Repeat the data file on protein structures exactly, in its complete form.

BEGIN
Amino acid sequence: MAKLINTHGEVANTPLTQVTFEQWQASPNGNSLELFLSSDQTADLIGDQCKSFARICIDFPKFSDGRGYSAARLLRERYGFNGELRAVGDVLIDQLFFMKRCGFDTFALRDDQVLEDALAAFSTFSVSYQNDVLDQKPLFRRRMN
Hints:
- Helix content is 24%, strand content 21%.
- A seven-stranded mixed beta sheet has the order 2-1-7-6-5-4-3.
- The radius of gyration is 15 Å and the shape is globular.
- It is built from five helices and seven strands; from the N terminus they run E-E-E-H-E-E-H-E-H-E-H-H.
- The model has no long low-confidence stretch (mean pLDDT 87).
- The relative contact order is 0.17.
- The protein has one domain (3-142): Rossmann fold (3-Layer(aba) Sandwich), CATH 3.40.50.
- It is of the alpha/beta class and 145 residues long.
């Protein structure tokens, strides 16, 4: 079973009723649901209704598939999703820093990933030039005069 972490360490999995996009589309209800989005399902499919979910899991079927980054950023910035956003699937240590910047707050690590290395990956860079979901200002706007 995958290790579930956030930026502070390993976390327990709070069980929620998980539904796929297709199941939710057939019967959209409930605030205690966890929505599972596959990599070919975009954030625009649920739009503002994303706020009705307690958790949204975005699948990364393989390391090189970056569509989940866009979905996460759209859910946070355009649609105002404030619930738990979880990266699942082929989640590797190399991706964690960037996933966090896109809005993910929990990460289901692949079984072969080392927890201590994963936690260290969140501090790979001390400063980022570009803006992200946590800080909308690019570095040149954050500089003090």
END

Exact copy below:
Amino acid sequence: MAKLINTHGEVANTPLTQVTFEQWQASPNGNSLELFLSSDQTADLIGDQCKSFARICIDFPKFSDGRGYSAARLLRERYGFNGELRAVGDVLIDQLFFMKRCGFDTFALRDDQVLEDALAAFSTFSVSYQNDVLDQKPLFRRRMN
Hints:
- Helix content is 24%, strand content 21%.
- A seven-stranded mixed beta sheet has the order 2-1-7-6-5-4-3.
- The radius of gyration is 15 Å and the shape is globular.
- It is built from five helices and seven strands; from the N terminus they run E-E-E-H-E-E-H-E-H-E-H-H.
- The model has no long low-confidence stretch (mean pLDDT 87).
- The relative contact order is 0.17.
- The protein has one domain (3-142): Rossmann fold (3-Layer(aba) Sandwich), CATH 3.40.50.
- It is of the alpha/beta class and 145 residues long.
């Protein structure tokens, strides 16, 4: 079973009723649901209704598939999703820093990933030039005069 972490360490999995996009589309209800989005399902499919979910899991079927980054950023910035956003699937240590910047707050690590290395990956860079979901200002706007 995958290790579930956030930026502070390993976390327990709070069980929620998980539904796929297709199941939710057939019967959209409930605030205690966890929505599972596959990599070919975009954030625009649920739009503002994303706020009705307690958790949204975005699948990364393989390391090189970056569509989940866009979905996460759209859910946070355009649609105002404030619930738990979880990266699942082929989640590797190399991706964690960037996933966090896109809005993910929990990460289901692949079984072969080392927890201590994963936690260290969140501090790979001390400063980022570009803006992200946590800080909308690019570095040149954050500089003090």